There is a reason why many major merchants prefer to utilize affiliate marketing networks instead of setting up their own infrastructure. Just as the administrative burden can become overwhelming for publishers with multiple relationships in place, it can be too time consuming for merchants as well. Maintaining direct affiliate relationships involves building out an infrastructure to track referrals, calculate commissions, and process payments. While that may sound like a relatively straightforward process, it can become a major investment with plenty of potential complications and liability issues.
Amazon Associates is an affiliate marketing program run by Amazon which allows you to sell its products on your own website in exchange for a cut of the profits. This enables you to boost your product range, test new types of products on your audience or even build a full business around this and perhaps other affiliate programs. For small businesses that currently sell products online, this could represent a great source of added revenue, if you sell additional products through Amazon, without worrying about getting the products yourself. Amazon conducts the sales and ships them directly to the client.
It also leaves you room to offer higher commissions in the form of bonuses or contests. (ie: For the month of December, we're offering a $100 bonus to all affiliates who reach $1000 in commissions.) That way you're not stuck offering a high commission all the time – but it's something you can offer as a bonus to really get your affiliate's attention and ramp up sales during certain times of the year.
One big difference between SkimLinks and VigLinks, however, is that once you’re approved by the company, you can choose to work with any merchant or program on its platform. SkimLinks has also published a white paper discussing its partnership with Buzzfeed, giving SkimLinks a lot of credibility. SkimLinks also has a higher tier of vetted merchants called “Preferred Partner” and “VIP” that both pay higher commissions than standard merchants.
It is important for a firm to reach out to consumers and create a two-way communication model, as digital marketing allows consumers to give back feed back to the firm on a community based site or straight directly to the firm via email. Firms should seek this long term communication relationship by using multiple forms of channels and using promotional strategies related to their target consumer as well as word-of mouth marketing.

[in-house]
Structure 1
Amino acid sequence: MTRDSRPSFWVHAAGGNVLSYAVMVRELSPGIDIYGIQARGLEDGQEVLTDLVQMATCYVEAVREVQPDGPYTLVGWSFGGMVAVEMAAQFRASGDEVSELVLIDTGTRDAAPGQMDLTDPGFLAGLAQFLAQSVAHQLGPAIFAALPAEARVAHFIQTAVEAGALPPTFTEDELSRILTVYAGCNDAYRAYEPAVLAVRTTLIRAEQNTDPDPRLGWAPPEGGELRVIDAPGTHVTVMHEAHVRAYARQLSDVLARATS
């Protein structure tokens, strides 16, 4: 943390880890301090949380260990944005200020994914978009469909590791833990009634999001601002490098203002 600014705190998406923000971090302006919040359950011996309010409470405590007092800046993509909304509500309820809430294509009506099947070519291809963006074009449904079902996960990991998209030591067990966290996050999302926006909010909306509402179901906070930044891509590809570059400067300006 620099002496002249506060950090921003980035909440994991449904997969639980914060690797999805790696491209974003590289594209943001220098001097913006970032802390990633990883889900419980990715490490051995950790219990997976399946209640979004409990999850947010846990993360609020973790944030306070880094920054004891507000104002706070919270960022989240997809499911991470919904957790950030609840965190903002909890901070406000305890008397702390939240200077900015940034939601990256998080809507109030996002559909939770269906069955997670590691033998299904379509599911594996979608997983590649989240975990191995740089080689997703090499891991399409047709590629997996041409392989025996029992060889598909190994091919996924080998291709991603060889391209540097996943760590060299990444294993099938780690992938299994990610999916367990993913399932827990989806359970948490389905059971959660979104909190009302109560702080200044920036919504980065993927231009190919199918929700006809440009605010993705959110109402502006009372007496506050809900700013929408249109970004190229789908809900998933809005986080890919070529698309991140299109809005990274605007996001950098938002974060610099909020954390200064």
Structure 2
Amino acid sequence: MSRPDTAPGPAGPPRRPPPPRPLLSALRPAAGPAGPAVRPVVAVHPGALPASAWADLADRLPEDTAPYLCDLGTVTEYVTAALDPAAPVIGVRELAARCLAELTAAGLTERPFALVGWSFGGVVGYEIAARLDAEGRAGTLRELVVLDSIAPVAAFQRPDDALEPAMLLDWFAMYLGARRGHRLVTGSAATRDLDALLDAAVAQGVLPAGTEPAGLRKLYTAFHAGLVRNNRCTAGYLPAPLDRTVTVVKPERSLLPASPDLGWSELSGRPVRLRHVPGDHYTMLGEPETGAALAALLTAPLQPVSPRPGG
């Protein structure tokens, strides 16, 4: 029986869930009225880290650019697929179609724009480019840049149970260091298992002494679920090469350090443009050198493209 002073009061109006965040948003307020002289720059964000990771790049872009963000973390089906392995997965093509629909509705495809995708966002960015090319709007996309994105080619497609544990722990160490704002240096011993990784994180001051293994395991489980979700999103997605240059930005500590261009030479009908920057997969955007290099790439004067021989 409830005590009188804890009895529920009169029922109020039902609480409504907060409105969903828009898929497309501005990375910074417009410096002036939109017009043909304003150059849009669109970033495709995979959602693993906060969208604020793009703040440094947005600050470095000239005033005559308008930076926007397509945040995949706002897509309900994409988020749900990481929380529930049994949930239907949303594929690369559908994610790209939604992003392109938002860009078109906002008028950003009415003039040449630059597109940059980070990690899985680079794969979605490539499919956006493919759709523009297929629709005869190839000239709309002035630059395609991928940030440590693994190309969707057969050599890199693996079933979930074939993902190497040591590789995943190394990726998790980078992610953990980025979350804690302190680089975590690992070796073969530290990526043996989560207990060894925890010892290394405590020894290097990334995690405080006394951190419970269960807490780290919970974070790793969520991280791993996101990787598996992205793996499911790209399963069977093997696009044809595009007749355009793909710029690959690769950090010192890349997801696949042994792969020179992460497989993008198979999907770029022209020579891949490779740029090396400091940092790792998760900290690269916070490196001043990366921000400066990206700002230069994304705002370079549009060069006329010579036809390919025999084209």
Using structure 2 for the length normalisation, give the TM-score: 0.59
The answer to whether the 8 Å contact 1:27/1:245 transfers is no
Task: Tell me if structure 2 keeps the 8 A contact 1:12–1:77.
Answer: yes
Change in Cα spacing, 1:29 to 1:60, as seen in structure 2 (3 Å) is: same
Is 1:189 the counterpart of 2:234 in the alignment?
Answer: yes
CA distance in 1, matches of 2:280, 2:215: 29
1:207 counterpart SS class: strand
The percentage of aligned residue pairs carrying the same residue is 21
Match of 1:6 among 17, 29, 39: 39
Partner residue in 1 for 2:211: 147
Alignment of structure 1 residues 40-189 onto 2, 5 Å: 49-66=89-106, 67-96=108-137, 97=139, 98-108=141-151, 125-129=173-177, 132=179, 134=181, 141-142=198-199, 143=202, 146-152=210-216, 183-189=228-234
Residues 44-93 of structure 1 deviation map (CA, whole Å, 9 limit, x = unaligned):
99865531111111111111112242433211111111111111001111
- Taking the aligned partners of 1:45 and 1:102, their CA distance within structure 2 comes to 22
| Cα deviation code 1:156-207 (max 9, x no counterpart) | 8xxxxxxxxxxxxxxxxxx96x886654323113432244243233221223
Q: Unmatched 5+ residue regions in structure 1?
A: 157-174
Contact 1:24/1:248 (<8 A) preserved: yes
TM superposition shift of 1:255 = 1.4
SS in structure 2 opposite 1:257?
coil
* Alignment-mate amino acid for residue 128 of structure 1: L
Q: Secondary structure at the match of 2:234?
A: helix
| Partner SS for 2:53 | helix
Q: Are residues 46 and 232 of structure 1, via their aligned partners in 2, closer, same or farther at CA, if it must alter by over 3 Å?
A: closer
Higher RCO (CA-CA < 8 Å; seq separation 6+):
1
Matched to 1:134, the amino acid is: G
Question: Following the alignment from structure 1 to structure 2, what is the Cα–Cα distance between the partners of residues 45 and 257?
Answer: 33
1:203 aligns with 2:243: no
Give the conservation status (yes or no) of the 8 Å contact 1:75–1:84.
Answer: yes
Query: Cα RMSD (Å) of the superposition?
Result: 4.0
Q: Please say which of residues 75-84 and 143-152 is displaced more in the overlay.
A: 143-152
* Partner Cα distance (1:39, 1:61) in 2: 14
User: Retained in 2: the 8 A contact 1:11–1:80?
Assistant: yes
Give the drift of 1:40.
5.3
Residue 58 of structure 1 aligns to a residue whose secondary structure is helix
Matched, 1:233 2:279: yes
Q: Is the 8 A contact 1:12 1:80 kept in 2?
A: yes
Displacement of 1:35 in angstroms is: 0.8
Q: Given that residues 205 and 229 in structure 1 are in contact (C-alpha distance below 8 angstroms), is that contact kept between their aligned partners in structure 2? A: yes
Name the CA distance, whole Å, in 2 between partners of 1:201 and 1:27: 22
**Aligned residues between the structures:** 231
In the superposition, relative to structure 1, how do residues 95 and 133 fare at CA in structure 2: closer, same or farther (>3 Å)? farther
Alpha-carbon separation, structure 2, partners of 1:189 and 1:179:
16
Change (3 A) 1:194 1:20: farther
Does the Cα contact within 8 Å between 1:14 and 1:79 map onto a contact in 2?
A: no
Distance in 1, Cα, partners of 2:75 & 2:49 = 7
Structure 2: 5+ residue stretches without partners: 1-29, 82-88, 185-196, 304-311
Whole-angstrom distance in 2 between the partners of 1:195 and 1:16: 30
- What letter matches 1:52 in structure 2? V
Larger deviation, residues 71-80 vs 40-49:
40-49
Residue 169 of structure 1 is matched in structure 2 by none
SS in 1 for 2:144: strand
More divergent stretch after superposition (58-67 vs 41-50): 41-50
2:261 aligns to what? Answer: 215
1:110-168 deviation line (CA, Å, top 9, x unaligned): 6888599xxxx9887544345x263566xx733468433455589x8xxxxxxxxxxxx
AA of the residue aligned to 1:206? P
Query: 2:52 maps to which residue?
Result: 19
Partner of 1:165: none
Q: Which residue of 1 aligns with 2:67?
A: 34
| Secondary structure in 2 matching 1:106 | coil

Affiliate marketing is one of the earliest forms of performance-based online marketing. The 90s ushered in the age of the internet. Organizations and individuals began creating websites and content in droves and – when search engines began cataloging websites and pages, making it easy to find and navigate to this content – marketing changed forever.
There are many ways to market your affiliate programs. You can set up an affiliate blog and post regularly about a given niche, come up with affiliate emails or create PPC campaigns. You can even use social media and platforms like Quora to market your affiliate products. Furthermore, you can combine all your organic and paid marketing activities into a cross-channel campaign if this suits you best.
Advertisements promoting credit repair, promising loans for a fee in advance, or touting investment opportunities may trigger application of the FTC's Telemarketing Sales Rule if the ad allows consumers to order goods or services by telephone. In general, this Rule does not apply to general media advertisements. If you're advertising credit repair, advance fee loans, or investment opportunities, or offering to recover money paid in previous telemarketing transactions, however, the Rule likely applies to you. Among other things, the Rule requires that certain disclosures be made before a customer pays for the goods or services. The Rule also prohibits material misrepresentations.
Websites and services based on Web 2.0 concepts—blogging and interactive online communities, for example—have impacted the affiliate marketing world as well. These platforms allow improved communication between merchants and affiliates. Web 2.0 platforms have also opened affiliate marketing channels to personal bloggers, writers, and independent website owners. Contextual ads allow publishers with lower levels of web traffic to place affiliate ads on websites.